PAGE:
There were not very many lessons today, so there was plenty of time to ski and work on our own technique. Early in the day we worked on fore and aft balance, the need to adjust your balance from the front to the back in order to stay “on top” of your skis. In the deep powder we currently have, being able to make this adjustment is vital. Too much forward and your skis dive in and make you stop, too much backward and you lose your balance and the skis shoot up and you end up on your butt. One of the exercises that helped me here was bouncing up and down in a straight run. It gave me a feeling for the snow and helped me to adjust to the bottomless powder.
As the snow gets more packed and we generally try to avoid the stuff that is so deep and stops you, my focus shifted today to the concept of the Fulcrum Mechanism. Here is how I’ve heard it explained. Lift one ski off of the snow and try to “turn” the ski that is on the snow without moving your upper body. It’s impossible. Now with both skis on the snow, with both feet locked together, try and “turn” your feet without moving your upper body. It’s pretty much impossible again. Now stand with your feet wider apart, at least as wide as you shoulders and try to “turn” your feet without moving your upper body. You can do it! This shows how much more efficient it is to “turn” your feet without using your upper body if they are a comfortable distance apart. This is called the “Fulcrum Mechanism.” What is happening is that in order for your feet to turn independently from your upper body they need something to turn against. While in motion, sliding down a hill, this feels like pressure is increasing under the outside ski as the continued steering movement toward a new direction occurs.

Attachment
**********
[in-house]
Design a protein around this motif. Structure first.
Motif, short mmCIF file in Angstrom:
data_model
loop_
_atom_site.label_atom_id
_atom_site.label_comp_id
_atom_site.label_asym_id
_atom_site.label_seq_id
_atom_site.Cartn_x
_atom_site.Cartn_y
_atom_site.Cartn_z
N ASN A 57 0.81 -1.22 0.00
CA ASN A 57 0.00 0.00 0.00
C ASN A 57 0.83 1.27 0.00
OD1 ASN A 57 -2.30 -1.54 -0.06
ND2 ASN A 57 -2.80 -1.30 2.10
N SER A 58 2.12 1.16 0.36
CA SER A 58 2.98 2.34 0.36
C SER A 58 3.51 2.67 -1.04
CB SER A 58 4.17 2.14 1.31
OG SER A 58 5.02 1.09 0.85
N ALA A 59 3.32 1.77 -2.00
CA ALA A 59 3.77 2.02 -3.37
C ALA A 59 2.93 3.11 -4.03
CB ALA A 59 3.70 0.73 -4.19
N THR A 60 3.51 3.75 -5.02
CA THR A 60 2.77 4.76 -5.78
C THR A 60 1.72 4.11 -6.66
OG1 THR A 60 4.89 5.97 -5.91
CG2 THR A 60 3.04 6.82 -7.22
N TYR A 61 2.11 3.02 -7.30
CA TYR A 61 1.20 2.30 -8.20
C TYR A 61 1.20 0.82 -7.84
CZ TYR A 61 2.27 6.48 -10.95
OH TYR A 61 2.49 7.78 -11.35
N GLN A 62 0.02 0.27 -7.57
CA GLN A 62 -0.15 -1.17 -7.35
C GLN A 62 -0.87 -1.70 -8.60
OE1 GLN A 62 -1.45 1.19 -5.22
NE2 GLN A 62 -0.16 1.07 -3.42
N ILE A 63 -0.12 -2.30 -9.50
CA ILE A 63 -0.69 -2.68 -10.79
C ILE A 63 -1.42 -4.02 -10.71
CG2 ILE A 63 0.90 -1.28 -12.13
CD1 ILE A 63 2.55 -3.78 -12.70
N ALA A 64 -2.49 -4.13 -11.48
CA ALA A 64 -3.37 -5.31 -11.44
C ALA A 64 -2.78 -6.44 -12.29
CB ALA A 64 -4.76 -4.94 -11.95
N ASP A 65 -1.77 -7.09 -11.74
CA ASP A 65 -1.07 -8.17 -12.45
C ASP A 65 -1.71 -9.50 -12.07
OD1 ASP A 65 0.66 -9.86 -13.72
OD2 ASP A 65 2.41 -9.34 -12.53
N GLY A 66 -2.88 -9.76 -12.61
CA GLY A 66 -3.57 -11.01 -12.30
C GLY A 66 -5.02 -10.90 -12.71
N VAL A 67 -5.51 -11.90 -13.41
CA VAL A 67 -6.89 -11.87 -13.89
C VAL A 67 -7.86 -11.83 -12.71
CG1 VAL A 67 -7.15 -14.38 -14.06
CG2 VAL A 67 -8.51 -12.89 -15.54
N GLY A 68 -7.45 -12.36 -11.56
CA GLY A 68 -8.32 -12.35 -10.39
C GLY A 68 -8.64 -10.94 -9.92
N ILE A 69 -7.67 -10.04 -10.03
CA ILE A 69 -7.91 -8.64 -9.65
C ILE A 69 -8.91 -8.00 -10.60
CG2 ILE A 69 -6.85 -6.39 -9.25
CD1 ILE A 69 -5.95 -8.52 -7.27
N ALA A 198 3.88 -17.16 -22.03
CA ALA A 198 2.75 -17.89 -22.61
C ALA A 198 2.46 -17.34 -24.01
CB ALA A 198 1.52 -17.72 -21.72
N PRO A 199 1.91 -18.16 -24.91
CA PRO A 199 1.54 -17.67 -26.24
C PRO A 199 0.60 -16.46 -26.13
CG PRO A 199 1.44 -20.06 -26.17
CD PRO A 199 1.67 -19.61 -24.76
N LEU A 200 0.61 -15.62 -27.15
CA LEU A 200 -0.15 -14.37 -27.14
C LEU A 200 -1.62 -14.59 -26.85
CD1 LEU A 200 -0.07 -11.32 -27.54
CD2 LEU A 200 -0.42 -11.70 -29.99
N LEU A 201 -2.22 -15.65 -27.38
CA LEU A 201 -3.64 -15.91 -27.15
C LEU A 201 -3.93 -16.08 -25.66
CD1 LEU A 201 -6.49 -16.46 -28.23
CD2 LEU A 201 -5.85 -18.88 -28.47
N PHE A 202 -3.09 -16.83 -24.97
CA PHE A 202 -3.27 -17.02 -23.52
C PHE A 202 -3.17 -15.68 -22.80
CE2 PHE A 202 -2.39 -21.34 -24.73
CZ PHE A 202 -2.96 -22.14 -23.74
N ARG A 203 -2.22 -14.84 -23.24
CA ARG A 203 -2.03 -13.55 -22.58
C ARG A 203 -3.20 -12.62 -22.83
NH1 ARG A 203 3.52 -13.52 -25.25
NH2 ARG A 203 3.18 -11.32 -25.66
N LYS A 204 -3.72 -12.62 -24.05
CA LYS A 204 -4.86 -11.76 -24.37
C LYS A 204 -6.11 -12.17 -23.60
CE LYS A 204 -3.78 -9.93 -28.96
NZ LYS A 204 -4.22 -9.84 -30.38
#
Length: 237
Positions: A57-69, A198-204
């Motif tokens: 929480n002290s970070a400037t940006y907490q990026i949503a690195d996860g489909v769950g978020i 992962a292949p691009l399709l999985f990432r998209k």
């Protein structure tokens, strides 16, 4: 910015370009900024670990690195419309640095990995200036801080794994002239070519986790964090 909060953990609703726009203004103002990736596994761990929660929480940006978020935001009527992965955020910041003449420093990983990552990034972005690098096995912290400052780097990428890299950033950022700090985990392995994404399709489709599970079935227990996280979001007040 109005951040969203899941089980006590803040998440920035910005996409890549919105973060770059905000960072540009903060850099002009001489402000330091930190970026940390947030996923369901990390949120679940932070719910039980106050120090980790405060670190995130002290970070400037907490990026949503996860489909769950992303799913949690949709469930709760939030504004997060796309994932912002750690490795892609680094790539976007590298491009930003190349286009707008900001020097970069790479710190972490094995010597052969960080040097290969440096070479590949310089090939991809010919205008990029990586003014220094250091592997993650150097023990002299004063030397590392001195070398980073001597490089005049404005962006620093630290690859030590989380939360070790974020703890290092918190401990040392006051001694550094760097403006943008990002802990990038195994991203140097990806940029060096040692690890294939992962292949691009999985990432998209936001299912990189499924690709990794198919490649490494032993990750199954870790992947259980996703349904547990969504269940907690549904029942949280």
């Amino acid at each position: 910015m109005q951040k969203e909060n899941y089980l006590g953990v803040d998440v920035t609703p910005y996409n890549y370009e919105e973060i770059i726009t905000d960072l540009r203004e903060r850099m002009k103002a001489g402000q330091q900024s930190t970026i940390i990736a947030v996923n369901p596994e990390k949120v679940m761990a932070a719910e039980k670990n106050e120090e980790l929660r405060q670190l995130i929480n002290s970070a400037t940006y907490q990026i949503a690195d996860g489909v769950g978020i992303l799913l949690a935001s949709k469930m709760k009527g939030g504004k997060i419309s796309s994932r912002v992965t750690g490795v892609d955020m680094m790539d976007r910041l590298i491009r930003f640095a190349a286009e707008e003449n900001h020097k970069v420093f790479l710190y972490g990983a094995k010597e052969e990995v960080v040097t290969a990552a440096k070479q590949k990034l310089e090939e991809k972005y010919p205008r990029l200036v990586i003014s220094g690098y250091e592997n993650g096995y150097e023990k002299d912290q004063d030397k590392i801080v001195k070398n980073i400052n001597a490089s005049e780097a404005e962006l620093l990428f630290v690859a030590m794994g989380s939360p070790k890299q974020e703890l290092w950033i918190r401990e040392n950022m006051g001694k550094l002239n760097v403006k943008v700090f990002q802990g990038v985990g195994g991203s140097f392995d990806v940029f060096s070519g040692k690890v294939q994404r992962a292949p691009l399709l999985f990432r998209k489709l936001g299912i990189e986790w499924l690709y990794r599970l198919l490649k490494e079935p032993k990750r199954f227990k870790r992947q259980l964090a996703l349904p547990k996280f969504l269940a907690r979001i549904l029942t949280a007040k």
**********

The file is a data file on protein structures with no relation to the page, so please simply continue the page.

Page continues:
I’ve known about this before, but getting reminded of it was good for me today. I felt my upper and lower body were more separate. I didn’t need to to exaggerated upper body movements to get my skis to change directions. It felt much smoother and more efficient.